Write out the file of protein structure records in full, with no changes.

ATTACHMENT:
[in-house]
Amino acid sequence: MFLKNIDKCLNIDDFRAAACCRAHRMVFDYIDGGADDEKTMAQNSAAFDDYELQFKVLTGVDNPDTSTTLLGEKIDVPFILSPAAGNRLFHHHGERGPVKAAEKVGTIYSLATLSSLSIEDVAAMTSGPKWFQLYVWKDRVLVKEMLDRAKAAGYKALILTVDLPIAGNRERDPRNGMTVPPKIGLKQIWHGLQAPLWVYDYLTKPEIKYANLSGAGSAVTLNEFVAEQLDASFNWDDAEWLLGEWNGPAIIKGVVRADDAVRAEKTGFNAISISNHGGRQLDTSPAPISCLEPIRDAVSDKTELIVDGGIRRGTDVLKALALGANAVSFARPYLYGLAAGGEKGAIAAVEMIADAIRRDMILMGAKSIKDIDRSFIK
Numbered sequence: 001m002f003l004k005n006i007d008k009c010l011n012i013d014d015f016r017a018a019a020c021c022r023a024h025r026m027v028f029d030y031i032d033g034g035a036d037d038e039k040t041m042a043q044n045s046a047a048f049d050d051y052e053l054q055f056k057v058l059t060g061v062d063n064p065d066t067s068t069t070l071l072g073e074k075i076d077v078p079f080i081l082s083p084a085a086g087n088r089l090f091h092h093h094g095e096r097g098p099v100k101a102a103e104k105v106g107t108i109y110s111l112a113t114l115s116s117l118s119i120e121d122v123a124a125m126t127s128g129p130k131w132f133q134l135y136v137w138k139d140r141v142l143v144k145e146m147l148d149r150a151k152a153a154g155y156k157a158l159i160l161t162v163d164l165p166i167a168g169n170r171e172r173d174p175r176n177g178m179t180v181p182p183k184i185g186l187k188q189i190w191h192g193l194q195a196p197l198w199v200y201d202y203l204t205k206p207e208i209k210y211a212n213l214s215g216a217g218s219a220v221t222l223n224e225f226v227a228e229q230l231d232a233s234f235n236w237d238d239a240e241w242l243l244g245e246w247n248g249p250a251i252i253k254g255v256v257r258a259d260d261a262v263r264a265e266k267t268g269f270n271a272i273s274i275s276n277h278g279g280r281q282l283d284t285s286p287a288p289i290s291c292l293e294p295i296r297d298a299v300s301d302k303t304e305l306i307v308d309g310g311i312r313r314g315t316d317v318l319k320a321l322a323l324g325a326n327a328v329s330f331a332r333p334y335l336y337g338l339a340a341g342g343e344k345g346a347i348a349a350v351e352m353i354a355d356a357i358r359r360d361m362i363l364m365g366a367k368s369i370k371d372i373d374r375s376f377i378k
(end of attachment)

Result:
[in-house]
Amino acid sequence: MFLKNIDKCLNIDDFRAAACCRAHRMVFDYIDGGADDEKTMAQNSAAFDDYELQFKVLTGVDNPDTSTTLLGEKIDVPFILSPAAGNRLFHHHGERGPVKAAEKVGTIYSLATLSSLSIEDVAAMTSGPKWFQLYVWKDRVLVKEMLDRAKAAGYKALILTVDLPIAGNRERDPRNGMTVPPKIGLKQIWHGLQAPLWVYDYLTKPEIKYANLSGAGSAVTLNEFVAEQLDASFNWDDAEWLLGEWNGPAIIKGVVRADDAVRAEKTGFNAISISNHGGRQLDTSPAPISCLEPIRDAVSDKTELIVDGGIRRGTDVLKALALGANAVSFARPYLYGLAAGGEKGAIAAVEMIADAIRRDMILMGAKSIKDIDRSFIK
Numbered sequence: 001m002f003l004k005n006i007d008k009c010l011n012i013d014d015f016r017a018a019a020c021c022r023a024h025r026m027v028f029d030y031i032d033g034g035a036d037d038e039k040t041m042a043q044n045s046a047a048f049d050d051y052e053l054q055f056k057v058l059t060g061v062d063n064p065d066t067s068t069t070l071l072g073e074k075i076d077v078p079f080i081l082s083p084a085a086g087n088r089l090f091h092h093h094g095e096r097g098p099v100k101a102a103e104k105v106g107t108i109y110s111l112a113t114l115s116s117l118s119i120e121d122v123a124a125m126t127s128g129p130k131w132f133q134l135y136v137w138k139d140r141v142l143v144k145e146m147l148d149r150a151k152a153a154g155y156k157a158l159i160l161t162v163d164l165p166i167a168g169n170r171e172r173d174p175r176n177g178m179t180v181p182p183k184i185g186l187k188q189i190w191h192g193l194q195a196p197l198w199v200y201d202y203l204t205k206p207e208i209k210y211a212n213l214s215g216a217g218s219a220v221t222l223n224e225f226v227a228e229q230l231d232a233s234f235n236w237d238d239a240e241w242l243l244g245e246w247n248g249p250a251i252i253k254g255v256v257r258a259d260d261a262v263r264a265e266k267t268g269f270n271a272i273s274i275s276n277h278g279g280r281q282l283d284t285s286p287a288p289i290s291c292l293e294p295i296r297d298a299v300s301d302k303t304e305l306i307v308d309g310g311i312r313r314g315t316d317v318l319k320a321l322a323l324g325a326n327a328v329s330f331a332r333p334y335l336y337g338l339a340a341g342g343e344k345g346a347i348a349a350v351e352m353i354a355d356a357i358r359r360d361m362i363l364m365g366a367k368s369i370k371d372i373d374r375s376f377i378k